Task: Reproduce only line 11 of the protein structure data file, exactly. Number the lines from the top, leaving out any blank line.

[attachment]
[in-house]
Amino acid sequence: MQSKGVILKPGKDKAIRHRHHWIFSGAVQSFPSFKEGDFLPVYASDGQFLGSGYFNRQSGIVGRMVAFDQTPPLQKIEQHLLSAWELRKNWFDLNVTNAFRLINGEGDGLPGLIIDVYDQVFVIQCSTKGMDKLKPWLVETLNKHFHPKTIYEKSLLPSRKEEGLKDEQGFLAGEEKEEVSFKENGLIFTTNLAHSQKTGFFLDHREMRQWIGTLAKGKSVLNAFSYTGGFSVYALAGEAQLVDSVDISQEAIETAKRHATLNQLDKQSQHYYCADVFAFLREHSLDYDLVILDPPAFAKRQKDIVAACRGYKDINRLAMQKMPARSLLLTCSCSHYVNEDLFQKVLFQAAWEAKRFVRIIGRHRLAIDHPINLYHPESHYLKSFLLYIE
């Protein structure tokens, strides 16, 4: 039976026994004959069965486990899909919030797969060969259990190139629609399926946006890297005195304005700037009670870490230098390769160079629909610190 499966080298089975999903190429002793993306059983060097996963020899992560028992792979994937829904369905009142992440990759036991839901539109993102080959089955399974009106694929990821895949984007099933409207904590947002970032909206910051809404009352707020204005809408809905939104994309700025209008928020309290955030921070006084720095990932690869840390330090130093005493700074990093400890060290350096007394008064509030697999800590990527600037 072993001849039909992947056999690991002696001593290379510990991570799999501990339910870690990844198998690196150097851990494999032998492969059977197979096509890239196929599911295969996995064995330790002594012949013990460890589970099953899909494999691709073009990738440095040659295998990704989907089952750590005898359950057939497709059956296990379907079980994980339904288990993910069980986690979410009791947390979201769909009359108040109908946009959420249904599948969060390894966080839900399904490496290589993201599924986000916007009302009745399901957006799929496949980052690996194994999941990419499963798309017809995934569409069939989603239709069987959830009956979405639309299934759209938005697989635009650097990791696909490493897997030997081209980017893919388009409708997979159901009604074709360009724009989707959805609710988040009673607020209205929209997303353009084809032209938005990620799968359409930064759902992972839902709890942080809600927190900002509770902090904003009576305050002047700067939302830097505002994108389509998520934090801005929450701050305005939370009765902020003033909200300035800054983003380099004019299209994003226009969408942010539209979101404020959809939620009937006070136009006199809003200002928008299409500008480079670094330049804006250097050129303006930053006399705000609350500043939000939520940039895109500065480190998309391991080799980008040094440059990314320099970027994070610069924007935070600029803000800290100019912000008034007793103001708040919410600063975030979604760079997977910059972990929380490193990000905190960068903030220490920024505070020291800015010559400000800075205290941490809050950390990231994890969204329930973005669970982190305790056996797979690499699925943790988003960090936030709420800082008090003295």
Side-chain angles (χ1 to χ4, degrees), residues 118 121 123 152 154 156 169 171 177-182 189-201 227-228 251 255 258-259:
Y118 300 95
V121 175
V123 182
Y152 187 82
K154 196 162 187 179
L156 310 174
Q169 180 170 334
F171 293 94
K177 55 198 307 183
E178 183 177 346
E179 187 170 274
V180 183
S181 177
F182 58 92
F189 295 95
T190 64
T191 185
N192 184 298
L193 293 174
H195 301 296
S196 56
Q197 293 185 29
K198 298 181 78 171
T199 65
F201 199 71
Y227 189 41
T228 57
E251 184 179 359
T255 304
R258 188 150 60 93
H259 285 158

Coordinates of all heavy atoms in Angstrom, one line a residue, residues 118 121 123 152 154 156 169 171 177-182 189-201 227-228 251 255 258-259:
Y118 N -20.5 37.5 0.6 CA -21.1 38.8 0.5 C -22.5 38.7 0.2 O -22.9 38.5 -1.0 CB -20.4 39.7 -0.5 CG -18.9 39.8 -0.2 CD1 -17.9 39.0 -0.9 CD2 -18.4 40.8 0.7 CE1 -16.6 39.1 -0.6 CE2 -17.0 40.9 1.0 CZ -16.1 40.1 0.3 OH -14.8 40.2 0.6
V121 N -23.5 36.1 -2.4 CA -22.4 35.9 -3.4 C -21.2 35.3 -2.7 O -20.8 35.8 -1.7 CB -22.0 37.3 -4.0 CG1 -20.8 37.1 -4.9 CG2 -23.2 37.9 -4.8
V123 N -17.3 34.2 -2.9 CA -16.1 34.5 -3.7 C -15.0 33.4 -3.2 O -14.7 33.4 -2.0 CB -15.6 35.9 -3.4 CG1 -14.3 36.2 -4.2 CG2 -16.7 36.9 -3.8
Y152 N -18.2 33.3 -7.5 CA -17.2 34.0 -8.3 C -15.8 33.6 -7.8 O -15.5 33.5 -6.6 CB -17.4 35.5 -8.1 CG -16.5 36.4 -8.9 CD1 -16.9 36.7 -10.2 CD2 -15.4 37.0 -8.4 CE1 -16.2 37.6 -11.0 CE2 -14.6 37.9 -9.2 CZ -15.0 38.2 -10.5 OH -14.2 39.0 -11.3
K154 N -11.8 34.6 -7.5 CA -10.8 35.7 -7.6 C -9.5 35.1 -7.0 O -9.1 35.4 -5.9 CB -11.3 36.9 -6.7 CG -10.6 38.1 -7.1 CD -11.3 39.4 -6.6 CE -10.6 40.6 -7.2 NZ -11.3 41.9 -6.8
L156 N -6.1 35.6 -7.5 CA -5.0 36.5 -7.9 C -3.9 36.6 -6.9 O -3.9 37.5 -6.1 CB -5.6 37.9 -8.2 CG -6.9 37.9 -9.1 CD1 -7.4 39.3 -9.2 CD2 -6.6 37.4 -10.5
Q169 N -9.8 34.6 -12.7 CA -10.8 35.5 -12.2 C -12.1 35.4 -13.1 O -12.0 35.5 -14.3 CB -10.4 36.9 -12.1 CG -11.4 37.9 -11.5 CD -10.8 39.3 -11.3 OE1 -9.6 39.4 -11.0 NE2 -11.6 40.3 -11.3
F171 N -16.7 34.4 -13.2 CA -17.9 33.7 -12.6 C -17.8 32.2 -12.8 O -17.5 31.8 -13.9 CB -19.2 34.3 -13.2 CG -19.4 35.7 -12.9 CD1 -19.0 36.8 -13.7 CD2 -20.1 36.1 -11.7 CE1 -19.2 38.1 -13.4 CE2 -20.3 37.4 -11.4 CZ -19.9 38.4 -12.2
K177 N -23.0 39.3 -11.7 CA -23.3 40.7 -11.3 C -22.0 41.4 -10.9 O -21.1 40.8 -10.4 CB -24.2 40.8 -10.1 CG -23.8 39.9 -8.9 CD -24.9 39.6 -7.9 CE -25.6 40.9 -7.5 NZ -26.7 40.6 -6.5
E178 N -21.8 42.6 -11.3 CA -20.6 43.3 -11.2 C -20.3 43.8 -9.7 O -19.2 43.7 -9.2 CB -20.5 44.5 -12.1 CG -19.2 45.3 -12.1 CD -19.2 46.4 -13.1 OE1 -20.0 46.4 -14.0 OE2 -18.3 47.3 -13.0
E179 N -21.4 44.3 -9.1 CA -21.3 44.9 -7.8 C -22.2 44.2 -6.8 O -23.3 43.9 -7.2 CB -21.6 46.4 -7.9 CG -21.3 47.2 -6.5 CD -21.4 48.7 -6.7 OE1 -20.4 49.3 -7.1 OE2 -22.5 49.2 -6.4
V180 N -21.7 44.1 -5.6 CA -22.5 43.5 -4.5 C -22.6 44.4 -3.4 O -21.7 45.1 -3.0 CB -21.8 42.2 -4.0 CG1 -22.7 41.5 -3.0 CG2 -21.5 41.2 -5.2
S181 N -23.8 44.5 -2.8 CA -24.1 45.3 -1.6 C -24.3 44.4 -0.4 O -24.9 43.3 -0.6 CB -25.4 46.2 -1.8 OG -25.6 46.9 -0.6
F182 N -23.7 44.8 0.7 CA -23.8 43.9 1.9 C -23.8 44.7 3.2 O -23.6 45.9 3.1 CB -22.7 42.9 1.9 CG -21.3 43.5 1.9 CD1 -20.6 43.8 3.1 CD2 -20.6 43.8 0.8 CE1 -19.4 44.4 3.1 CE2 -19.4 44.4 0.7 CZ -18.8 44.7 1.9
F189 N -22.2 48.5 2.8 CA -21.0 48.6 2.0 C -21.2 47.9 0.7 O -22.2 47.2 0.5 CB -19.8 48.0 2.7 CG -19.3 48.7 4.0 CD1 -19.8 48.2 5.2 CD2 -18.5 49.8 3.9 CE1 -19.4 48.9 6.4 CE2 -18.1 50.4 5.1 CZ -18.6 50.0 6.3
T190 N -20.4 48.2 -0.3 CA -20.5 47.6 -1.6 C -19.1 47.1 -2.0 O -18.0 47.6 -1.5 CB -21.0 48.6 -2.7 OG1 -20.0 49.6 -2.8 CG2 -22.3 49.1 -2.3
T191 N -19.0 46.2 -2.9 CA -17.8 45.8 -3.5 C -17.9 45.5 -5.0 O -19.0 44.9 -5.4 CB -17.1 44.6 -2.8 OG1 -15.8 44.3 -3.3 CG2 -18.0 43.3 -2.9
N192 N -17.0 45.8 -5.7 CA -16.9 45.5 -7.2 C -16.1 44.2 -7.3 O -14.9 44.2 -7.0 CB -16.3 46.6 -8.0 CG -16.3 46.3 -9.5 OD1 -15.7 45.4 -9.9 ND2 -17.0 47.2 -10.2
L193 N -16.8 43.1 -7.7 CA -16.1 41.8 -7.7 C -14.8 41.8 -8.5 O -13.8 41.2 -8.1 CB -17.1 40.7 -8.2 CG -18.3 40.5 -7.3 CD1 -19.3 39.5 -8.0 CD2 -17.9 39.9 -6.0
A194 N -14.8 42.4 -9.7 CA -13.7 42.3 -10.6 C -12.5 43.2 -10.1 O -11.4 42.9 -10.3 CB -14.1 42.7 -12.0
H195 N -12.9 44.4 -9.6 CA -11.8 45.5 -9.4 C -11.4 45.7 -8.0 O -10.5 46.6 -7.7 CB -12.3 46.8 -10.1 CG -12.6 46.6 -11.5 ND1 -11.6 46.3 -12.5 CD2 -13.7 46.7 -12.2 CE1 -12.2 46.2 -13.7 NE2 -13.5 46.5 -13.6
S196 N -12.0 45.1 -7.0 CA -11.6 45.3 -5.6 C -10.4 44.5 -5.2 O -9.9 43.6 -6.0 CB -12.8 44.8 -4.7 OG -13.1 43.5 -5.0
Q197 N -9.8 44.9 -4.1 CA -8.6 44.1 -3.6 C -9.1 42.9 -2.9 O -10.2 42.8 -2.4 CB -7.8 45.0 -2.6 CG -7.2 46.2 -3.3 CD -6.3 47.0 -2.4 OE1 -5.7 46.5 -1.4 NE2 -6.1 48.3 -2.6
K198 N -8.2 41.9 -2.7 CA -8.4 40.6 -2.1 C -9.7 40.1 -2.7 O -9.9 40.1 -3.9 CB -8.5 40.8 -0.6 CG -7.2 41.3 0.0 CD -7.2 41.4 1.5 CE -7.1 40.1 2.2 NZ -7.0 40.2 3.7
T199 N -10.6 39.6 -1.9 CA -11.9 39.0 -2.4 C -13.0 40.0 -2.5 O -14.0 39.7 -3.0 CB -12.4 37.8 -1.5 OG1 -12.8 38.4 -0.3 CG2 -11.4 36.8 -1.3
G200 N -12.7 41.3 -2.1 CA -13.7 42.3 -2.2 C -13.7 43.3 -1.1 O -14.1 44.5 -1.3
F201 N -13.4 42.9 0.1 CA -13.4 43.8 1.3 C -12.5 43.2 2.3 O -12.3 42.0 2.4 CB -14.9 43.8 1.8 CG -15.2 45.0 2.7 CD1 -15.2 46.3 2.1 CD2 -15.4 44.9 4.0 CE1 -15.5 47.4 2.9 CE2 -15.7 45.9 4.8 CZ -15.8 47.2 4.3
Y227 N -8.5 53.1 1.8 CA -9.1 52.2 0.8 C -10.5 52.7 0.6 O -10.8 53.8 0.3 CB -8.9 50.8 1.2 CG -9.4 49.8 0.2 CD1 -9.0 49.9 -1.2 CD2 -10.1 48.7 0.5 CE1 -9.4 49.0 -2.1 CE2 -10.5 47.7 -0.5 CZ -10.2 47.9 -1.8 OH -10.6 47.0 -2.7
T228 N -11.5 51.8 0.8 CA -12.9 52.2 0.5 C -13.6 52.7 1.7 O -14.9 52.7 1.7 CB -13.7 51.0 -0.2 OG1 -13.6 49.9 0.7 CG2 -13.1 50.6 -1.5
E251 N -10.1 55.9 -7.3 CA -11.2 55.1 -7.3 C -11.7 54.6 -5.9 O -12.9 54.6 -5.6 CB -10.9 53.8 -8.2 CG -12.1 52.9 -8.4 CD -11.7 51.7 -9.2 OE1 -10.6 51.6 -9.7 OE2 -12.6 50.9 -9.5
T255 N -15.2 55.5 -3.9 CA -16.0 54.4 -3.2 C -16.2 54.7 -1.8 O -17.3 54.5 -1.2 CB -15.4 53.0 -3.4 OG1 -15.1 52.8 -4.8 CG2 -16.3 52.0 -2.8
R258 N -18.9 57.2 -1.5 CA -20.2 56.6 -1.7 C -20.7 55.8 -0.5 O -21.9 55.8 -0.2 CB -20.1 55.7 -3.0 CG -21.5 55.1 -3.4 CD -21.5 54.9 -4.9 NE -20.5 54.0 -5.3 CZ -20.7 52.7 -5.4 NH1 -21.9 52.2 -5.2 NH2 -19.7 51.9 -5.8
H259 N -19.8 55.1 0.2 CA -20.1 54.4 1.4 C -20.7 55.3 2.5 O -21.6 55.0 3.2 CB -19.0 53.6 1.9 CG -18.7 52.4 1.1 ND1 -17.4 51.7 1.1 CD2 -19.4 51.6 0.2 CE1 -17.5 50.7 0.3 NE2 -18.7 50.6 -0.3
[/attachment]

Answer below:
Q169 180 170 334